- Pictures of Beautiful Women:A Modern Japanese Genre and Its Counterparts in Europe, China, Korea, and Vietnam
In the late nineteenth and early twentieth centuries, European and Chinese idealized images of women played a critical role in the emergence of a major genre of modern Japanese art that focused on the image of one or more beautiful women. Termed bijinga, “pictures of beauties,” this genre emerged in modern Japan, in part, from the Chinese ideal of female beauty, the kara-bijin, and as a response to Western art. While modernization in Japan constituted, to a great extent, the Westernization of Japanese culture, it also involved the process of attaining autonomy from the Chinese-influenced culture that was deeply rooted in Japanese history. Until the end of the Edo period (1615-1867), Japan remained within the penumbra of the China-centered cultural sphere and kara, literally a reference to only one period of Chinese history, the Tang Dynasty (618-906), served as a term for various changing Japanese perspectives of Chinese culture. In the Muromachi period (1333-1573), karamono, literally “things of Tang,” designated prized objects imported from the continent and in the Edo period, kara-e, or “Tang painting,” referred to Ming and Qing Dynasty paintings imported through Nagasaki. In fact, starting as early as the Heian period (794-1185), the term kara-e had also been used to refer to Japanese paintings that dealt with themes derived from Chinese painting. While kara-e became institutionalized and stylistically defined as a category of Japanese painting in relation to a second type of painting known as yamato-e, Japanese painting focused on more indigenous themes.
According to the pioneering Japanese feminist scholar Chino Kaori, as the binary structure of Kara (China) and Yamato (Japan) developed in Japanese history, Japanese subjects tended to identify with Yamato, but still maintained a strong consciousness of Kara influence.1 In Chino’s analysis, Kara was associated with masculinity and Yamato with femininity. In the modern era, starting in the Meiji period (1868-1912), the role of China was replaced by the West in Japanese culture, and Western culture [End Page 50] came to be regarded as a public, masculine sphere. This structure of modernization, including the development of modern painting, which was abetted on the one hand, by the incorporation of Western elements and, on the other hand, the withdrawal from Chinese-derived forms, was not limited to Japan, for similar developments can be seen throughout the various Asian cultures with close historical ties to China. This shared structure of modernization invites a comparative approach to the analysis of modern art in East Asia, though such study must take into account other historical factors such as the lengthy Japanese colonization of Korea (1905-45) and Taiwan (1895-1945). This study attempts to assess the commensurability of bijinga, Japanese paintings, and other visual imagery of the beautiful young woman, with similar representational practices in Europe, China, Korea, and Vietnam.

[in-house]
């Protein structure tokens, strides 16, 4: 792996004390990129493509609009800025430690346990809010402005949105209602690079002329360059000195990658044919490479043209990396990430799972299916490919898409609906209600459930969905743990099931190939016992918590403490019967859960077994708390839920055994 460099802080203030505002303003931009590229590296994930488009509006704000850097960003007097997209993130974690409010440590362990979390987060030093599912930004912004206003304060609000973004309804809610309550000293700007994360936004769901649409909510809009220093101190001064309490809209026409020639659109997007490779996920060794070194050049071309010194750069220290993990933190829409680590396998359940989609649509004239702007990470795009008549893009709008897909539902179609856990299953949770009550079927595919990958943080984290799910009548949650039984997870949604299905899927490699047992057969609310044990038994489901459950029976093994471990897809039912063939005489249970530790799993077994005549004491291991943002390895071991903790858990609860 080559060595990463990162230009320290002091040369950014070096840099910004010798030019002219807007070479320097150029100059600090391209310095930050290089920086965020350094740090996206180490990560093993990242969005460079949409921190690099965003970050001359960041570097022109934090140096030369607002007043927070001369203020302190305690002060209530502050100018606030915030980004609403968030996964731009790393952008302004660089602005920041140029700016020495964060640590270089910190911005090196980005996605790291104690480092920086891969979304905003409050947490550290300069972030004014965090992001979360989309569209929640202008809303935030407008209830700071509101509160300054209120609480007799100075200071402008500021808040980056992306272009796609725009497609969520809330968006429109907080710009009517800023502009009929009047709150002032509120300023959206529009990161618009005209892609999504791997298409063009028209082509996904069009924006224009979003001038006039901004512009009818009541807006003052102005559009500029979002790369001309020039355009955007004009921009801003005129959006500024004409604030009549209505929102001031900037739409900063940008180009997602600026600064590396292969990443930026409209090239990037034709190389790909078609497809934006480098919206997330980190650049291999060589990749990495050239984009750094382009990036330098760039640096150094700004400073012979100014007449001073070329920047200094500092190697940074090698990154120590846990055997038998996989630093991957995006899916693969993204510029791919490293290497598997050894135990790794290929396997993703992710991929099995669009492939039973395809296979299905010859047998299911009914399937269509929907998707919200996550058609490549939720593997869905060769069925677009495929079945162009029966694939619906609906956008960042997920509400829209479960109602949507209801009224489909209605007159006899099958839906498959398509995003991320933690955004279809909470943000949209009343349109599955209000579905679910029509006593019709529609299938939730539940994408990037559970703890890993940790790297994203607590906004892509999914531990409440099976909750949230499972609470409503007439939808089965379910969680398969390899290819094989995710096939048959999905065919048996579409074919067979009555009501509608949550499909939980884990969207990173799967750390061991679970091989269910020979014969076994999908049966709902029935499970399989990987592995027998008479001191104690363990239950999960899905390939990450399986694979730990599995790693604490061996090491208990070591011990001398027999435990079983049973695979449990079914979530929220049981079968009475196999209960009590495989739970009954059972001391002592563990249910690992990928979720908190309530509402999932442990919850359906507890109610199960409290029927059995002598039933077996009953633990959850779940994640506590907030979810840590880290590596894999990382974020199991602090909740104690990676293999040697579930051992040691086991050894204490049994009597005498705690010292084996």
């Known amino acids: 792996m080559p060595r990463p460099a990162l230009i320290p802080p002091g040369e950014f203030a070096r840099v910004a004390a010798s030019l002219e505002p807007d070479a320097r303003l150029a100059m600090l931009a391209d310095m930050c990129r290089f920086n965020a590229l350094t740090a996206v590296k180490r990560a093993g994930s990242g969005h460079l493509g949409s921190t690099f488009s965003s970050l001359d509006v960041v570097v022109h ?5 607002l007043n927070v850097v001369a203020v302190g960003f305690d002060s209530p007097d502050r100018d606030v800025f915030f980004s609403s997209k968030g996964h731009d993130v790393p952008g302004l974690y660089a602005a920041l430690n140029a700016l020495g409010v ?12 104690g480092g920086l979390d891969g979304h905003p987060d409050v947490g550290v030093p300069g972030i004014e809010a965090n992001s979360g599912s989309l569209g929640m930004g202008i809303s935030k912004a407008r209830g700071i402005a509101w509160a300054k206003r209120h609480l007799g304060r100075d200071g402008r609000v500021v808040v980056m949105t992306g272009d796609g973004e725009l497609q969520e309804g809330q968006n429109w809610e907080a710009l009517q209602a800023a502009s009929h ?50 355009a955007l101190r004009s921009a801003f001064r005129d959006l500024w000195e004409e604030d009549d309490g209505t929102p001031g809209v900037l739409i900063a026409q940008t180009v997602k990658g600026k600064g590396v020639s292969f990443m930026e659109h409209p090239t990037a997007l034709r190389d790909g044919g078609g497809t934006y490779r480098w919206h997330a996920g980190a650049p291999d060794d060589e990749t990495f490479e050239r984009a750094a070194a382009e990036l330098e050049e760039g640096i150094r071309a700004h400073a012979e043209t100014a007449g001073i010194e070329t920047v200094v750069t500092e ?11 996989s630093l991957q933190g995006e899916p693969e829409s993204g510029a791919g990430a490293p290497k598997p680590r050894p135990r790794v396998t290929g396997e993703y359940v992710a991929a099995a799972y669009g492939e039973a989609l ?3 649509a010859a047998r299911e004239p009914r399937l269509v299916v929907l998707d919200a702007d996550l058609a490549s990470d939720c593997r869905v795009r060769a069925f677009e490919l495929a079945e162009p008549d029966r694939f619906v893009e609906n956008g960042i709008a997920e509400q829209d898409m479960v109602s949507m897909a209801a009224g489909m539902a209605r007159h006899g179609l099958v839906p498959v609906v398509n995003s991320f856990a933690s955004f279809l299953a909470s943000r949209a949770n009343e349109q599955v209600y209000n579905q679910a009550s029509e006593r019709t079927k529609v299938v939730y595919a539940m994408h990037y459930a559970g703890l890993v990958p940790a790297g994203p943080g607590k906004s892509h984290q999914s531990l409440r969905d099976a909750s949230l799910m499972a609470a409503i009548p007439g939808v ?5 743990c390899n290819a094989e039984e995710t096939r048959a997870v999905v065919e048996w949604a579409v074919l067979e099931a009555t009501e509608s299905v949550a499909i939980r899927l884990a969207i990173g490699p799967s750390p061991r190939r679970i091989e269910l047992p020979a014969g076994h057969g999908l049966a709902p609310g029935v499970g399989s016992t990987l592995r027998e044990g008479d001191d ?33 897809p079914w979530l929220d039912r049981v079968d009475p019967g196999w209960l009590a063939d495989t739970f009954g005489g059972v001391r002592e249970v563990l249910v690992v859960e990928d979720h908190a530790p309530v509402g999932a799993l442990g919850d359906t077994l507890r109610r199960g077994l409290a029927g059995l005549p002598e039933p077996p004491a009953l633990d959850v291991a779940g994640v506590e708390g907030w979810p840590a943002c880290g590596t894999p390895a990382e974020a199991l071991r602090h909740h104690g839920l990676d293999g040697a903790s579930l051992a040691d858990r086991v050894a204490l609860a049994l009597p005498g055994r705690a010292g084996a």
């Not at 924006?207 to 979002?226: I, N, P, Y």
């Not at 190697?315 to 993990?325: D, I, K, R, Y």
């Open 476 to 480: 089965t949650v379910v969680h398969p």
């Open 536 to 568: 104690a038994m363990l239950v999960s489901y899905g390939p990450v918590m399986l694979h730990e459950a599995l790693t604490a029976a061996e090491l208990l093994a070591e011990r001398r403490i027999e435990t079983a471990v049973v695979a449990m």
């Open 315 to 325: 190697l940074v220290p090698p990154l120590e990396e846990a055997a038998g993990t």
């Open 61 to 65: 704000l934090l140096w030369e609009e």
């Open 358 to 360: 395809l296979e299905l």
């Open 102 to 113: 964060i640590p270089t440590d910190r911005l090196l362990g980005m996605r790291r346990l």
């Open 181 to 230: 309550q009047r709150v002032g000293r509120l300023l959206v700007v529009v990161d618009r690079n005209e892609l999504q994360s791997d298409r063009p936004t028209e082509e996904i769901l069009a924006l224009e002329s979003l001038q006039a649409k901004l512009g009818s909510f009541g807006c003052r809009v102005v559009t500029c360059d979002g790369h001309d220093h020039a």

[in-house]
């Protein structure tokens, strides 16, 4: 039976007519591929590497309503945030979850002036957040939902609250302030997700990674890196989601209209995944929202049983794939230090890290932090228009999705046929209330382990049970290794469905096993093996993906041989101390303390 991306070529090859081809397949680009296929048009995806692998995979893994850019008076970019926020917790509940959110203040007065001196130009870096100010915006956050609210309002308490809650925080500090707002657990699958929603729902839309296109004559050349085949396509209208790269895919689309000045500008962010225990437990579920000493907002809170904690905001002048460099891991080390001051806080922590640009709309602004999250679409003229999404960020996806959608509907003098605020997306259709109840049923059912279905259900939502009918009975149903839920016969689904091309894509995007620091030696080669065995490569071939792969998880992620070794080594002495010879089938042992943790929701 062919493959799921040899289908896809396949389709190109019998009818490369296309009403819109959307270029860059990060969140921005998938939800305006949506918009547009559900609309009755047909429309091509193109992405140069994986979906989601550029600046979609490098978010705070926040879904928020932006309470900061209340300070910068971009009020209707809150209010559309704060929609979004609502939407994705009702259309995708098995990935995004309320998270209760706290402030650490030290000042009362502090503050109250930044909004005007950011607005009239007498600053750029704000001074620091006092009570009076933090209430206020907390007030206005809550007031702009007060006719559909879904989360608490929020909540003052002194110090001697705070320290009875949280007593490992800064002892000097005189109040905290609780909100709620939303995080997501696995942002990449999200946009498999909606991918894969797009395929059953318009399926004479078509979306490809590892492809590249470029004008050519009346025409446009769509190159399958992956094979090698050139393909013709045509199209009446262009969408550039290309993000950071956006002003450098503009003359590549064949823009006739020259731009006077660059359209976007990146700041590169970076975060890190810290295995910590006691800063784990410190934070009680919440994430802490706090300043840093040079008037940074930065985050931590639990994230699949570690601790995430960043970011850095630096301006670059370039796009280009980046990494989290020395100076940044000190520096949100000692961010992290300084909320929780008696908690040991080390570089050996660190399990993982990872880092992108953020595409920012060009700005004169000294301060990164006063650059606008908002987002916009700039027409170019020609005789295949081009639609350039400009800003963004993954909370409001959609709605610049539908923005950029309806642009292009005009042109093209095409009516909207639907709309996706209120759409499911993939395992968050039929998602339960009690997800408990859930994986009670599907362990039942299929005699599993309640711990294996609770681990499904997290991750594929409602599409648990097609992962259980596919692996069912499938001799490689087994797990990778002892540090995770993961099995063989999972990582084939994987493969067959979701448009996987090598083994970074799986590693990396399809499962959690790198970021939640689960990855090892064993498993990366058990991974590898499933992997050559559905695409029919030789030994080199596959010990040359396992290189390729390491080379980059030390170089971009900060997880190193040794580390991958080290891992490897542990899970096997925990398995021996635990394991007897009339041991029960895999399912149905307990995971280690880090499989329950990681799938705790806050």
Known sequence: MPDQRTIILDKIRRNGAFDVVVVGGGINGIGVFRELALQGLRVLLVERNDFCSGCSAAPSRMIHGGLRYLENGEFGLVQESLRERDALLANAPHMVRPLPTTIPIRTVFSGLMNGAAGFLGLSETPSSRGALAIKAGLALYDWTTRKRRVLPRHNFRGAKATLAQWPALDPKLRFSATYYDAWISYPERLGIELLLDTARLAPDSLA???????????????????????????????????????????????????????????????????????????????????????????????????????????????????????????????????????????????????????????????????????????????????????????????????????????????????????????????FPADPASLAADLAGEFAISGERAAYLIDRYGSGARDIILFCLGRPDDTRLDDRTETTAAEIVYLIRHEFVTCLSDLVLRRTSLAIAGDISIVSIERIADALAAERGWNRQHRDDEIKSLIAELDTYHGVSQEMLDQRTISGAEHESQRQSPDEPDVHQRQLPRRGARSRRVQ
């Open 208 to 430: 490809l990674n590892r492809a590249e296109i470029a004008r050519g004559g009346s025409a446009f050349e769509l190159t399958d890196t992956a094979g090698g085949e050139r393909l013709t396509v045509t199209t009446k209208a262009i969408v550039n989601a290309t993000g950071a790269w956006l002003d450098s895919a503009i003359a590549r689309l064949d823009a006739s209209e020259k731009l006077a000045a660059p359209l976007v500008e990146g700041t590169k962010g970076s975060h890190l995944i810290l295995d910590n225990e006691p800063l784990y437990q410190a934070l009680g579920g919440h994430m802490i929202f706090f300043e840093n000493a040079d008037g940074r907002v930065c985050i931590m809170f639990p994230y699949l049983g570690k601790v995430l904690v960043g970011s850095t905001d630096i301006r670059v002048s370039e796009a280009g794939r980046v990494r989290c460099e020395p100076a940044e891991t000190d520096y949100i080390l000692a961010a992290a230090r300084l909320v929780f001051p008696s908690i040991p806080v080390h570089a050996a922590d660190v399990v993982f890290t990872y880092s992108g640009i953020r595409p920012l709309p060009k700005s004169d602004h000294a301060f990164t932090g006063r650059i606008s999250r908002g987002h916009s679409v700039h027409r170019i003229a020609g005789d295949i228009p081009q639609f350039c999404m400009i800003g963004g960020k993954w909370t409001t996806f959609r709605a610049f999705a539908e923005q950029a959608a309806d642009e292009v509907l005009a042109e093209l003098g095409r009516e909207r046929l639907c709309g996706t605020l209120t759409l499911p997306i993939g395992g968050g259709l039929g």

Sino-Japanese Pictures of Beautiful Women of the Meiji Period
The First Domestic Industrial Exhibition (Dai-Ikkai Naikoku Kangyō Hakurankai) was organized in 1877 by the Meiji government to promote Japanese industry by improving future Japanese submissions to anticipated world’s fairs overseas. While developing Japanese industry was the primary objective of this exhibition, Japanese art was also displayed at the fair in an art museum that had been constructed in the Western architectural style. For the Second Domestic Industrial Exhibition in 1882, the government constructed a larger building designed by Josiah Conder for the display of art, a building later used as the Tokyo Imperial Museum. Altogether, five Domestic Industrial Exhibitions were held between 1877 and 1903, serving as important venues for bringing artists’ works in contact with large audiences.
Archival research has shown that in the early stages of planning for the Third Domestic Industrial Exhibition, the organizers intended to call this undertaking the Great Exposition of Asia (Ajia Dai Hakurankai).2 This plan was abandoned due to an insufficient budget, but official invitations were sent out to various Western nations, Qing China, Korea, and India to visit the Third Domestic Industrial Exhibition.3 While, in the end, the Great Exposition of...